Māori issues

Whina Cooper’s influence lives on in Ihumātao action

On a day when Dame Whina Cooper’s historical contributions to Māoridom were recognised, the Government received a reminder that one of her causes - preserving Māori land -  remains alive and well.

With a population of fewer than 500 people, Panguru is an unlikely place for about a third of Cabinet to spend the best part of a day.

But the crowd of politicians and public alike who flocked to the northern Hokianga township for the unveiling of a statue of Dame Whina Cooper was a sign of the respect she still holds, more than 25 years on from her death.

Prime Minister Jacinda Ardern described her as a “shining light” to wahine around New Zealand, while Deputy Prime Minister Winston Peters hailed her “true grit” and courage.

“Whina walked down to Wellington 45 years ago - today, Wellington has arrived here to honour her,” Māori-Crown Relations Minister Kelvin Davis said of the gathering at Waipuna Marae.

As Davis noted, the unveiling of Cooper’s statue comes 45 years after one of the Māori leader’s final acts in public life - the Māori land march of 1975, in which a hīkoi from the Far North to Wellington ended with 5000 people outside Parliament calling for an end to discriminatory laws that threatened Māori land.

The hīkoi did not suddenly solve all land claims, but it did make clear the power of Māori if they united with a clear message - in the case of the land march, “Not one more acre”.

Both the lack of resolution and the power of protest were fittingly given a contemporary showing, as a hīkoi calling for the Government to take action on Ihumātao walked over the hill and joined proceedings.

Among those who marched on Panguru was Wikatana Popata, once convicted of assault for shoving John Key at Waitangi but now an adviser to the Government after altering his approach to protest.

Ihumātao hīkoi participant Wikatana Popata said Dame Whina Cooper would have been happy with the group's actions. Photo: Sam Sachdeva.

“She was a kuia of ours who fought, who hīkoied all the hīkois from the Cape to Wellington, and some of us activists are here today to support her and to support the ongoing struggle of tino rangatiratanga,” Popata said of Cooper.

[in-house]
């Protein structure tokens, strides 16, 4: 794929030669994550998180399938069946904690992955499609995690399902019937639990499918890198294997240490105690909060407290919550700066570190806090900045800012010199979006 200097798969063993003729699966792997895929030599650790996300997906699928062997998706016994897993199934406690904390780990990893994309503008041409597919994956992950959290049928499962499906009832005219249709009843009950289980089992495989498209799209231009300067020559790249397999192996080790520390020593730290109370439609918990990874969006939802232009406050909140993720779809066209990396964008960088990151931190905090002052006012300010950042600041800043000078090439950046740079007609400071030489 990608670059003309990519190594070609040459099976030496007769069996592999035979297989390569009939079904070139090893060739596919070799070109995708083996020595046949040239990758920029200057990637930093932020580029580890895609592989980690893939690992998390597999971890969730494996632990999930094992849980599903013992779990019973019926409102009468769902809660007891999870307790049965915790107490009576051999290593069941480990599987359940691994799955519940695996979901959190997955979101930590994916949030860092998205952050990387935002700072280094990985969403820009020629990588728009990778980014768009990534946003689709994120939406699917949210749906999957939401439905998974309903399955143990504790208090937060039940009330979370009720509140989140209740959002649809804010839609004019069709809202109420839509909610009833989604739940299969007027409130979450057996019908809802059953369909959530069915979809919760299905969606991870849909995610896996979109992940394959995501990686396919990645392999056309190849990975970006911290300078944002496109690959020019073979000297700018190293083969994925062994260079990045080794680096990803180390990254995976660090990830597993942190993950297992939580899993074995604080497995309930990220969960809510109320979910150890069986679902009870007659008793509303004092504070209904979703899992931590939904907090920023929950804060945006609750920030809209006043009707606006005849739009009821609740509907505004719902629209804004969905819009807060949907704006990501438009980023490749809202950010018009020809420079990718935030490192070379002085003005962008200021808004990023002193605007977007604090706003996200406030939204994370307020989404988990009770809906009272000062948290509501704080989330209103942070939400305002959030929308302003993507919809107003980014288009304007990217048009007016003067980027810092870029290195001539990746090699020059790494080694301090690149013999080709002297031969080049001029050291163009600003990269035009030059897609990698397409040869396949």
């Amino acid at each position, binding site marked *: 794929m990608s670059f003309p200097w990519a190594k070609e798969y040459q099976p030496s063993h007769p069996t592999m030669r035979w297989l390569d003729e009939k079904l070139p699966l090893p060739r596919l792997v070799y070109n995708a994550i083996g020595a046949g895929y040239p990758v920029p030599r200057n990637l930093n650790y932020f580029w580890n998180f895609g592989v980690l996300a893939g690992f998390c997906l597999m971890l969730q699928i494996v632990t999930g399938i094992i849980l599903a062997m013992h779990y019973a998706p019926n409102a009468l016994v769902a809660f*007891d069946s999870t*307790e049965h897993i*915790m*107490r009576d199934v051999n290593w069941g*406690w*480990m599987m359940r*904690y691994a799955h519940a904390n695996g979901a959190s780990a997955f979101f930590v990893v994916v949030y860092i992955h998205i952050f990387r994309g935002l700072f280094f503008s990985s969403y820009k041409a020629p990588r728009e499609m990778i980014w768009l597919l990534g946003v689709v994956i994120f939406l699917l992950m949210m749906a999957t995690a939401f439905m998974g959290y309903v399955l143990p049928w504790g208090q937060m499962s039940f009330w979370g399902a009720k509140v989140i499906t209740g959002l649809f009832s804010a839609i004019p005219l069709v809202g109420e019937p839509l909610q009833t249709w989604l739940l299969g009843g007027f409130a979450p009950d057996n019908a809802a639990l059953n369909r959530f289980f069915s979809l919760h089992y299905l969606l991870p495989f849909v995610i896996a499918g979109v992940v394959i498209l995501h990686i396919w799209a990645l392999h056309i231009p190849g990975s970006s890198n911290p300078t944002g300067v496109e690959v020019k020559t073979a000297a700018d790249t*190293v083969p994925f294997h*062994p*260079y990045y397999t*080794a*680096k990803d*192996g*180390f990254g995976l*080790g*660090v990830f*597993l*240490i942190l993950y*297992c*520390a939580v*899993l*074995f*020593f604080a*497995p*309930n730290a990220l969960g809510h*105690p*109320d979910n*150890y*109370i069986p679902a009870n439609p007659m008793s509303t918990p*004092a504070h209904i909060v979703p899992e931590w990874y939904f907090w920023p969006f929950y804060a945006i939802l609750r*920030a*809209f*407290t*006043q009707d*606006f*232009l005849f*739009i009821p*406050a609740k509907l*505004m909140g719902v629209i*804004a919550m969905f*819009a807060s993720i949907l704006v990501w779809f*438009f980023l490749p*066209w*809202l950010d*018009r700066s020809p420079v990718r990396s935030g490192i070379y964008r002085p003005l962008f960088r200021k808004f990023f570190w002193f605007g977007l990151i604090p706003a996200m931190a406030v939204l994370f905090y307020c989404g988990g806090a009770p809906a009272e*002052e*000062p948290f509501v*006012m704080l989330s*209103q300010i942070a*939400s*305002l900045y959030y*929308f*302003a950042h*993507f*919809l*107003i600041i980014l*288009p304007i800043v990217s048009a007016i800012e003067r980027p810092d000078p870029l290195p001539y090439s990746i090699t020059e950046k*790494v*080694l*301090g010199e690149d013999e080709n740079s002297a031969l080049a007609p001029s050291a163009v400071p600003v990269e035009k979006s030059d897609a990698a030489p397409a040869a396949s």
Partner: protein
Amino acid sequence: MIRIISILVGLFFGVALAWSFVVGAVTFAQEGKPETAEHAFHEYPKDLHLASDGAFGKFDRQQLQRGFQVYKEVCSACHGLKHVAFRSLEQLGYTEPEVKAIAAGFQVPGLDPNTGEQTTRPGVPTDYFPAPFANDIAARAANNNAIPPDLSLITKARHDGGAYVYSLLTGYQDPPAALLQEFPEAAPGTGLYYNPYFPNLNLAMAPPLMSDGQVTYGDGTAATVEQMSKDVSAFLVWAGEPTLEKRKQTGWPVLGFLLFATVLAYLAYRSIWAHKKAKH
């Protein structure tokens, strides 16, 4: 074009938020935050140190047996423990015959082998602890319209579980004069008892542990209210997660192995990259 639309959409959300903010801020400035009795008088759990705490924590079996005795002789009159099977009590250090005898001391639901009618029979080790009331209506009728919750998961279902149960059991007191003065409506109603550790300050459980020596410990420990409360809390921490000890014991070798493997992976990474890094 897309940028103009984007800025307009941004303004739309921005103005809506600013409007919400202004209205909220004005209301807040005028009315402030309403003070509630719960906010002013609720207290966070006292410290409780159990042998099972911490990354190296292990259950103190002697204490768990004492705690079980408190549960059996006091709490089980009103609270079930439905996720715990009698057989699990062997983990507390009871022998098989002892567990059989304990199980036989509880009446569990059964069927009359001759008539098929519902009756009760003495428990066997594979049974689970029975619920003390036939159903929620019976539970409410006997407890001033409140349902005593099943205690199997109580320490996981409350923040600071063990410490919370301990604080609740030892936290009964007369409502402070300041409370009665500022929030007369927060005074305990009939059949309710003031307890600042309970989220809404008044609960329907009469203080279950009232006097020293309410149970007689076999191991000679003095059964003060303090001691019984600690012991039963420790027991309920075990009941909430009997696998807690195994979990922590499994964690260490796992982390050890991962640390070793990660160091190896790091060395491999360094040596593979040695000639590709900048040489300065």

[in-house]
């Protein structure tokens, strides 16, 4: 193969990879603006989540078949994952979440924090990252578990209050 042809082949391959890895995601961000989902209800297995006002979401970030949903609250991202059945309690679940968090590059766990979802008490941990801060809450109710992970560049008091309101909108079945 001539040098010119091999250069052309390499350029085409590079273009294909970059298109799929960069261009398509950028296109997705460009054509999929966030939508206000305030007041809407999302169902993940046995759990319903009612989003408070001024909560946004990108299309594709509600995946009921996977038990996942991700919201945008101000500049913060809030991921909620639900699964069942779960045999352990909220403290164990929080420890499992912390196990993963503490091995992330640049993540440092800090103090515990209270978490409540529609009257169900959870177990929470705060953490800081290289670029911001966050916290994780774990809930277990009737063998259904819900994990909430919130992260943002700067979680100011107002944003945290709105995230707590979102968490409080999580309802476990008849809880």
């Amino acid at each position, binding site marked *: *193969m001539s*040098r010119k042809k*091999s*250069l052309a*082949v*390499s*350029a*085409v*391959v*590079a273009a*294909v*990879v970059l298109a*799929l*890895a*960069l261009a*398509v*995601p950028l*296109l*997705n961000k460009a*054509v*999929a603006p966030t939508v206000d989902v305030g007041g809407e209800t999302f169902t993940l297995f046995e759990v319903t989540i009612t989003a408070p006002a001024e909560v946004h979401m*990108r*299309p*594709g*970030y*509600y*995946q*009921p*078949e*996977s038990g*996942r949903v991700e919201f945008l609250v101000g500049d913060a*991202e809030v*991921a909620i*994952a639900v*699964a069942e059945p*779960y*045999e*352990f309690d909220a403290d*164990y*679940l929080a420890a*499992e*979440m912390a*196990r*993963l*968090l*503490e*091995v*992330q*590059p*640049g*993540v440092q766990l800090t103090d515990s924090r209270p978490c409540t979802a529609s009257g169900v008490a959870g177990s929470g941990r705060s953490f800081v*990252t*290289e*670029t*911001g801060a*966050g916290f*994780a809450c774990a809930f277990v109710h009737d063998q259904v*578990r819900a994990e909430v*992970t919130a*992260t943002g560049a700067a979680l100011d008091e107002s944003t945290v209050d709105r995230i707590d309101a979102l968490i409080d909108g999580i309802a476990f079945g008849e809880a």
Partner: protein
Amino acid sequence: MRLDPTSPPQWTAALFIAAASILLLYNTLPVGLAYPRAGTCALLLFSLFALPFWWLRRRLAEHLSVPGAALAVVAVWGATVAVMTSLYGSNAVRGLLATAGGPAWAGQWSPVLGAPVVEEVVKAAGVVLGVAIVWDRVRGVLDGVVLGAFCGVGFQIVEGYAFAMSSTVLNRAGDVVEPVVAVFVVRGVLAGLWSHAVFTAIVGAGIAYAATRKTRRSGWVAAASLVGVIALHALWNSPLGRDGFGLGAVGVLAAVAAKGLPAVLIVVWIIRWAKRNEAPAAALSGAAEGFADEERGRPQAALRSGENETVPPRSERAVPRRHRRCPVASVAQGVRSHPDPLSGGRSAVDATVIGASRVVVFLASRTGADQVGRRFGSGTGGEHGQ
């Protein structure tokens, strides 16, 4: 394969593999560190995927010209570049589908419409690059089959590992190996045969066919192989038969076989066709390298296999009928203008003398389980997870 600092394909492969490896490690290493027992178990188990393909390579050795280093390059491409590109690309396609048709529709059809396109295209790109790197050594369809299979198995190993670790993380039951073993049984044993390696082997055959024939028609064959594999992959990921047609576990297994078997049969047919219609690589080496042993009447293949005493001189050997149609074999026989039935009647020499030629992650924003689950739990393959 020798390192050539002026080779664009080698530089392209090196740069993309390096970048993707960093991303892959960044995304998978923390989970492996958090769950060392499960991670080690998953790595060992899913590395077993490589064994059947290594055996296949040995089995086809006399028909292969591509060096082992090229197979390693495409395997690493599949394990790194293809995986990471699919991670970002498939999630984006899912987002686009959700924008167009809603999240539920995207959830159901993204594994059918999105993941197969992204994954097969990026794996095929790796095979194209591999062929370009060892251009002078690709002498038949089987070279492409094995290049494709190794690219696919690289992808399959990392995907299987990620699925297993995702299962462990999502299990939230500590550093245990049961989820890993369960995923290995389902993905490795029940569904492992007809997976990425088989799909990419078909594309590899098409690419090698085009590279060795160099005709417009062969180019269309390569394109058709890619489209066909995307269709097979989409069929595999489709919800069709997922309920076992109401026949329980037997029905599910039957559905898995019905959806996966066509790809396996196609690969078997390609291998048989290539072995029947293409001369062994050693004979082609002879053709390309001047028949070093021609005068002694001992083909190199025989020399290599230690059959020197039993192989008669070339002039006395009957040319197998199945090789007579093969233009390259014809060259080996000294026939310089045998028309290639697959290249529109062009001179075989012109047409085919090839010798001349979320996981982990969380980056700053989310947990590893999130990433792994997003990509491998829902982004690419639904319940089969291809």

And what would she have made of the hīkoi to demand action on Ihumātao?

“What she would have wanted was our generation to step up to the plate and take on a lot of these issues that are in front of our people, our mokopuna, so I reckon she would have been happy.”

Another protester, Grayson Goffe, aptly summed up the peaceful mood among those gathered.

“That’s our main purpose for being here: not to rouse or ruffle feathers, but rather to join in the korowai of rangimarie (peace) and the korowai of te ao Māori.”

But that did not stop a sense of discontent from spreading among the hīkoi when they were not allowed to walk onto the marae at the same time as Ardern’s delegation and manawhenua.

“There’s a lot of issues that need to be addressed and we’ve just seen that today: we had the hīkoi doing its own hīkoi, and then we had the Prime Minister and others on another hīkoi so you can definitely see that there’s still a bit of division and we need to unite,” Wikatana said.

Ihumātao was not alone, he added, mentioning “occupiers at Kaitaia Airport” as another case which should be addressed.

Of Ardern’s rhetorical question about what Cooper may have raised in a conversation with her, Goffe gave an unequivocal answer.

“The Prime Minister asked, what would Whina Cooper say to her? Well I think she’d say, ‘Get your behind to Ihumātao’.”

Ardern is showing no signs of an imminent trip or a resolution to talks, while she also managed to avoid an encounter with Ihumātao figurehead Pania Newton, who was at the statue unveiling and will also be at Waitangi commemorations - "I'm sure we will cross paths," she said - but she stood behind her Government’s approach to a politically and legally tricky situation.

The statue of Dame Whina Cooper. Photo: Sam Sachdeva 

“That’s an example of where we’ve been trying to find a resolution in a really complex situation that works for everybody. I’d like to think that’s the kind of work Dame Whina Cooper would like to see a government [doing]...

“if there was an easy answer we would have found it by now, but we’re working through it and we’re doing it with all parties at the table. I think that is an important approach, and a difference perhaps that we’re seeing in the way we’re trying to resolve the issue.”

That optimism was echoed by the protesters, even though they may have reasons to be wary.

“I’m from Taranaki, from Parihaka, we have very strong connections to Ihumātao,” Goffe said.

“Of course we align to rangimarie (peace), but indeed we align to optimism because the Government knows what is the right thing to do, and what we have seen is the people rally behind what’s right.”

In closing her tribute to Cooper, Ardern also balanced realism with the sense that more can, and will, be done.

“We brought Wellington here as an acknowledgement of the expectation Dame Whina had on us, an expectation you all must continue to have of us.

“I am here to acknowledge that we are not perfection, but as long as we have examples like her, there is hope for all of us.”

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